Drem yol lok, gamers. I am Kaalvulnos, dovahkiin, dunmer and slayer of dragons!
To cut to the chase, I love Skyrim to bits and have spent hundreds of hours (no joke) playing it.
I delved very late into Bethesda’s The Elder Scrolls franchise, stumbling across Oblivion back in the day and becoming very quickly obsessed. The form of the game, the graphics and the freedom was something I had never experienced before and I instantly lost myself in the worlds of Tamriel and Oblivion.
Skyrim came out in late 2011, and when I booted up the game and the music began, I fell instantly in love. The world was just so beautiful and crisp, thanks to our new gaming PC, and I spent about half an hour tweaking and re-tweaking my character’s face, making sure her eyes were as sinister and cat-like as possible, the makeup was brooding, the jawline was firm but nicely tapered, the hair was practical for fighting…
When I actually began to play the game, hours just passed in a flurry. Quick travel? Not on your life! I was going to run everywhere, and run away very fast from that troll and that pack of wolves, that sabrecat, ice troll, thief, draugr, spider, spriggan, giant, angry mammoth, hagraven, random elf, bear, vampire, skeleton, random angry mercenary, slaughterfish… and, finally, DRAGON!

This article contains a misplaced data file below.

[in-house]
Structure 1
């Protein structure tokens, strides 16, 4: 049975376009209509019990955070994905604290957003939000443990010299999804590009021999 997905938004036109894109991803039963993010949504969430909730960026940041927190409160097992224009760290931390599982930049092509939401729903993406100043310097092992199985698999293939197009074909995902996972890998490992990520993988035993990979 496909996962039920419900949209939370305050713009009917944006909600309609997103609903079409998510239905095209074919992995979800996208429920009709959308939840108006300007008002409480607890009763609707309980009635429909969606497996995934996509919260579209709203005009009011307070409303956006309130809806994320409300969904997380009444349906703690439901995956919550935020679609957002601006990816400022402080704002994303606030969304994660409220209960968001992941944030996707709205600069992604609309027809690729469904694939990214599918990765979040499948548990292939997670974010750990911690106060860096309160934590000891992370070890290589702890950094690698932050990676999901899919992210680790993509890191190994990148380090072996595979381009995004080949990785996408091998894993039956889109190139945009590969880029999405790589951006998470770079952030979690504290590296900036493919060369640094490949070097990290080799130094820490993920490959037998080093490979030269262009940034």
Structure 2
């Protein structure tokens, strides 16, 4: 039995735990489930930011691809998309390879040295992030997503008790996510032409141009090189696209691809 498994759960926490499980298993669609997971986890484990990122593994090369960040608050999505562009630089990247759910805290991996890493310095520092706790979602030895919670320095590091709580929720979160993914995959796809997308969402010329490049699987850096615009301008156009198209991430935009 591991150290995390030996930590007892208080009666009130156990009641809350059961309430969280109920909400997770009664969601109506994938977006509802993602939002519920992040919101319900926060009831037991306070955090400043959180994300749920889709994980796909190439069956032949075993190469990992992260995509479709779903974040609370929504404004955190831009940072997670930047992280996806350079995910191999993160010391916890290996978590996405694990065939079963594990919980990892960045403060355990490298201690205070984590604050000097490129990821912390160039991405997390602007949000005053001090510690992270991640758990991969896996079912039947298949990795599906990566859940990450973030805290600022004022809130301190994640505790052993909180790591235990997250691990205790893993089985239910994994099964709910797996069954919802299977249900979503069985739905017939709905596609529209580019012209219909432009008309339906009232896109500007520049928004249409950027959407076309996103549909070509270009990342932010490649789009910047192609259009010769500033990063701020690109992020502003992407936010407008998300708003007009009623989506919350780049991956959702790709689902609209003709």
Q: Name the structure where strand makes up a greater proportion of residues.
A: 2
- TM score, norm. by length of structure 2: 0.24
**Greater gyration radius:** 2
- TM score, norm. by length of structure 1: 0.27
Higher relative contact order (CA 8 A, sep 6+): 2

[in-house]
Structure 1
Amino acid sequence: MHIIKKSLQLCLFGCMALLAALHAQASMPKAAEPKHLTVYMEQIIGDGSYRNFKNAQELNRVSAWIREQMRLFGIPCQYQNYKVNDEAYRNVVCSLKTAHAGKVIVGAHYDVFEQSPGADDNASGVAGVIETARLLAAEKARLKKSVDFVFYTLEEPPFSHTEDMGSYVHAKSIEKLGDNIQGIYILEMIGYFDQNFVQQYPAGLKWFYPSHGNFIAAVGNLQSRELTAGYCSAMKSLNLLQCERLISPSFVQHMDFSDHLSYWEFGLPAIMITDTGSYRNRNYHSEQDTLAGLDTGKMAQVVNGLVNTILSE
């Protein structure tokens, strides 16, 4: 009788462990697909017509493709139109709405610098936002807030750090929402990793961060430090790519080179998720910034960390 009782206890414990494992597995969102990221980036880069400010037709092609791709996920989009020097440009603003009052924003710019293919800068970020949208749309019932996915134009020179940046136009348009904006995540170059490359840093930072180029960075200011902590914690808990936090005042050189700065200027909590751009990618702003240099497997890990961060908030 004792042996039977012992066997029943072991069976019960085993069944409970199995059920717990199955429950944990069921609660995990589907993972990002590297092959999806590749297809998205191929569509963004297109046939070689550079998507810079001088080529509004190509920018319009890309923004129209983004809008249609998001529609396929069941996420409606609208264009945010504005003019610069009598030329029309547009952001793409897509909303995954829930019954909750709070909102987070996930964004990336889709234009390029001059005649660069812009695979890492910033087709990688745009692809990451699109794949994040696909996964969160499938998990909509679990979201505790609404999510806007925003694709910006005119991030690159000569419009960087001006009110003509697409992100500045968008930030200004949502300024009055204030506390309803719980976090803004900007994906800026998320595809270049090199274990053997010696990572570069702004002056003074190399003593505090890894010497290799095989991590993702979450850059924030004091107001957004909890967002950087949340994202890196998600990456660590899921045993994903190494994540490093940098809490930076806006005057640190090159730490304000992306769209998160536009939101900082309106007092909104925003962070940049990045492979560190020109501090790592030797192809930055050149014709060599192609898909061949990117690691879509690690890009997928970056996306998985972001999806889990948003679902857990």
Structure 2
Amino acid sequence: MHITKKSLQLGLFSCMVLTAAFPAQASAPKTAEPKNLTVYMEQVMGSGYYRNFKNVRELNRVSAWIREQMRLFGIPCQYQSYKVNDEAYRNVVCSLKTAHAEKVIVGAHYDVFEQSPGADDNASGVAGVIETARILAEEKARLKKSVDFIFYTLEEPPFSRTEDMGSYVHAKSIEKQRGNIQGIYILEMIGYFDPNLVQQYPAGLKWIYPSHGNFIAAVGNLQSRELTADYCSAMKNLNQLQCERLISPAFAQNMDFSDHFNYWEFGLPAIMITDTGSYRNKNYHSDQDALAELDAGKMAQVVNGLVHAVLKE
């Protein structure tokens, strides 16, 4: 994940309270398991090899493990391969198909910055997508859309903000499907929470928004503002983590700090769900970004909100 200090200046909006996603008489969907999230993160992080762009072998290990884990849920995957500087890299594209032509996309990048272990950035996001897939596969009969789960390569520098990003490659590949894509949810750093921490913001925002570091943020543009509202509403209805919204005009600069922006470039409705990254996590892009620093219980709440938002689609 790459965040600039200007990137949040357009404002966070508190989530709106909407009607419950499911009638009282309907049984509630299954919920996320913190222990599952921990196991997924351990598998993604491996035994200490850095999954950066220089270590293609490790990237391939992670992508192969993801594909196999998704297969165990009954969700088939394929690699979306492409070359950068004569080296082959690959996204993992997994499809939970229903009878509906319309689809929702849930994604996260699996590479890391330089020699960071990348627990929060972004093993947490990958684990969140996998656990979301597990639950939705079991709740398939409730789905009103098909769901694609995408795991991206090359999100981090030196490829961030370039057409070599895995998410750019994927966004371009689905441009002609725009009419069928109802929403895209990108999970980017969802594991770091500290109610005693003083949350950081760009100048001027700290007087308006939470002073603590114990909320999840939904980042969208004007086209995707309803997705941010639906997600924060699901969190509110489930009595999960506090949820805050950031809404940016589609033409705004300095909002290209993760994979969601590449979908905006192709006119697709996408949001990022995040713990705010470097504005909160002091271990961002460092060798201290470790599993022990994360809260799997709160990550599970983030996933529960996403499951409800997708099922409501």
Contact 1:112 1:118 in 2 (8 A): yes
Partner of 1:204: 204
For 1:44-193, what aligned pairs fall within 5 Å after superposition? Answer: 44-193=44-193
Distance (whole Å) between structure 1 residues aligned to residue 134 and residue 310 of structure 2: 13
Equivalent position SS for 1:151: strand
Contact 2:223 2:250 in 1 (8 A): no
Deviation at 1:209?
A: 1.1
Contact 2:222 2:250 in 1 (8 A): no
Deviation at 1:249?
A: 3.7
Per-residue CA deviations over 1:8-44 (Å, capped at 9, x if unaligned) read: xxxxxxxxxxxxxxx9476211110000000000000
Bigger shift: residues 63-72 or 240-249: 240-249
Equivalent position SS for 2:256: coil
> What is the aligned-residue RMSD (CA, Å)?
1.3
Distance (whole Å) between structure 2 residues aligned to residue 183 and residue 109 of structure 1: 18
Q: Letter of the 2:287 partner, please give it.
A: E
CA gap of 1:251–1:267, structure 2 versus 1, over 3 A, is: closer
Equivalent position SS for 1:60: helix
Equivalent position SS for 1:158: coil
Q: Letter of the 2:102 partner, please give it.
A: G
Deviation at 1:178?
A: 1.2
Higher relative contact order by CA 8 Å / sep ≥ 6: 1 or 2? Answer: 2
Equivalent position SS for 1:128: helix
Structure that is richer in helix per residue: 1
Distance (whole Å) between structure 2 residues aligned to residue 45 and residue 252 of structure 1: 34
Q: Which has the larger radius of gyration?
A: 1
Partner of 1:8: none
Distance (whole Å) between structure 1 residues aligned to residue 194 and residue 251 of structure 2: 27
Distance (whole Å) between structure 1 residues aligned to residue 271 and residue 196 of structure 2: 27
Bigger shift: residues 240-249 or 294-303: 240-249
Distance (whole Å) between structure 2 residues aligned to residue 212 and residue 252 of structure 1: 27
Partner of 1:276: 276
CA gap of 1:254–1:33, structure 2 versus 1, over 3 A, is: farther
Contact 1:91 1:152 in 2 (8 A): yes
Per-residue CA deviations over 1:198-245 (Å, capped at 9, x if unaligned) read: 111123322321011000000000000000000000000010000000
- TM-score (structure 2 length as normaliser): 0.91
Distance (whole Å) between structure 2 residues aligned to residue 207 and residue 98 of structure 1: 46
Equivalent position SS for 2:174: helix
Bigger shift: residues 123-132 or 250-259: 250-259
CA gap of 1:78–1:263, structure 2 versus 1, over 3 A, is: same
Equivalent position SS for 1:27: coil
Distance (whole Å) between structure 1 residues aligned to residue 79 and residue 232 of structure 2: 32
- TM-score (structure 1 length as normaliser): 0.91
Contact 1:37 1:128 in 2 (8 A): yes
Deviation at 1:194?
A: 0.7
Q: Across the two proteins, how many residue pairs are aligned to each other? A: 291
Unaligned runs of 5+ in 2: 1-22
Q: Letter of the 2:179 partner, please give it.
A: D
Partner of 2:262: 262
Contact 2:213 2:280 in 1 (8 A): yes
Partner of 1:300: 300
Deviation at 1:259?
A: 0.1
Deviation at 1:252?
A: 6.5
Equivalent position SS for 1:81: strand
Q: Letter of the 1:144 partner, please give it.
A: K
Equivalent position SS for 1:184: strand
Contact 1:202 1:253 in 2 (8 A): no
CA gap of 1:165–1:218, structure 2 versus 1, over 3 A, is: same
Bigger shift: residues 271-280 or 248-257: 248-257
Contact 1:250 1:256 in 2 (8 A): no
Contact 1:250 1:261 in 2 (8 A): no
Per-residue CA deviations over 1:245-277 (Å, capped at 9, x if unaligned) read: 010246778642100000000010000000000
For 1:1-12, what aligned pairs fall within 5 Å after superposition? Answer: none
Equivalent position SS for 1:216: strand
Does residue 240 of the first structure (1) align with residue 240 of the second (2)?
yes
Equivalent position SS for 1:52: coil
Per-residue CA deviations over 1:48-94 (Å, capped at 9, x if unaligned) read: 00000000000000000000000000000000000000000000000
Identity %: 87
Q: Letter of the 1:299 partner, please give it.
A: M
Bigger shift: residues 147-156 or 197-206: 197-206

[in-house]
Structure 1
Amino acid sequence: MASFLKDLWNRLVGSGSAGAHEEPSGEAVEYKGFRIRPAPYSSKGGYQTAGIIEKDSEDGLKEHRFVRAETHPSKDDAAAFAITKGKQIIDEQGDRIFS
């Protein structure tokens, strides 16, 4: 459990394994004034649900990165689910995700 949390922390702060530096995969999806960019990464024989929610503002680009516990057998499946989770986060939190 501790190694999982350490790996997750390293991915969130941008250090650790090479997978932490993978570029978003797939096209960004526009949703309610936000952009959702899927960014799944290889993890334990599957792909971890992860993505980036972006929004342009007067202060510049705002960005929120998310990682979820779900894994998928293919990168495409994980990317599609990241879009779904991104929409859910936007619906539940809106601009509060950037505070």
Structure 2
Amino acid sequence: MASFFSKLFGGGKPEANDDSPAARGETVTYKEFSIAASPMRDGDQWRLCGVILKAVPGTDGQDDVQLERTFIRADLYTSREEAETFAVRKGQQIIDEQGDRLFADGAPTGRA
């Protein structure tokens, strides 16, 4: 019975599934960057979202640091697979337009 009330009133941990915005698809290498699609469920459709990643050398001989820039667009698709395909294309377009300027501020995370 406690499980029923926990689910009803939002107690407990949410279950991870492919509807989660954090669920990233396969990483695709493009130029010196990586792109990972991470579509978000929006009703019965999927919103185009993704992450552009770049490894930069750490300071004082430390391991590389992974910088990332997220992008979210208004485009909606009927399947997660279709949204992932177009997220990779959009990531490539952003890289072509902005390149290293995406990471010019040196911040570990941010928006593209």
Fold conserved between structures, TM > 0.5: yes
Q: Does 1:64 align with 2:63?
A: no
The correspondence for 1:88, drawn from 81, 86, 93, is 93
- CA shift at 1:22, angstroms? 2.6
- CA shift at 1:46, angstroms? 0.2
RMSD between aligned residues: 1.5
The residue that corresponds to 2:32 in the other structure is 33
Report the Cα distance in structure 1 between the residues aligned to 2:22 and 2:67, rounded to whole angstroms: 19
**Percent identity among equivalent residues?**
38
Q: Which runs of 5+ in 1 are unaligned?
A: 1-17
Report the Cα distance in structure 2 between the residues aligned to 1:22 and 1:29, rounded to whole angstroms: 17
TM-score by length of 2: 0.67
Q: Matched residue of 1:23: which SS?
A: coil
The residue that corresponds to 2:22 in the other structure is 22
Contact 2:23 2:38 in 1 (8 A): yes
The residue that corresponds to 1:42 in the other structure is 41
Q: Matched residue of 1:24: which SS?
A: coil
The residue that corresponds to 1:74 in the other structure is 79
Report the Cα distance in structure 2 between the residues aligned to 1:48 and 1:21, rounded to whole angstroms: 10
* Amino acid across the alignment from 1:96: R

I was deeply satisfied with every aspect of this game, especially the lack of ‘collect nirnroots’ quests. The music, scored by Jeremy Soule, is amazing. The character and race designs are diverse and more realistic than ever before. But some of the best things about Skyrim, and anyone who has played this game will probably agree with me, are the glitches and bugs.
My favourite glitch occurred when I was trekking west from Whiterun towards a cave to clear out some bandits. I had decided to put off the main quest until I had racked up a few more level-ups, so I had not yet seen any dragons (apart from Alduin, of course). So I was trudging along a deserted road amid the tundra when, out of nowhere, a mammoth fell from the sky. Not knowing about glitches at this point, I stopped in my tracks, looked up, then promptly scarpered from the unseen monster wyrm that had dropped its prey. I stayed hidden for a good 20 seconds, waiting for the battle music to start up, but it never did. When I finally peeped out from behind my boulder and approached the dead mammoth, it occurred to me that things were not quite as they seemed.
This thought was only reinforced the longer I played when I was forced to converse with people who had sunk waist-deep into the ground, whose heads were turned in unnatural angles and, another favourite, a man who had spawned four duplicates of himself and would only talk to me if I spoke to the right version of himself!
Ah, but to wrap things up, this game deserved the number of hours I spent with it and then some. The expansions were great (yes, even adopting children was fun for a time) and the main quests where you could take one of two routes gives the game great durability and replayability (should be a word). I still hate zombies, though.
Krif voth ahkrin!
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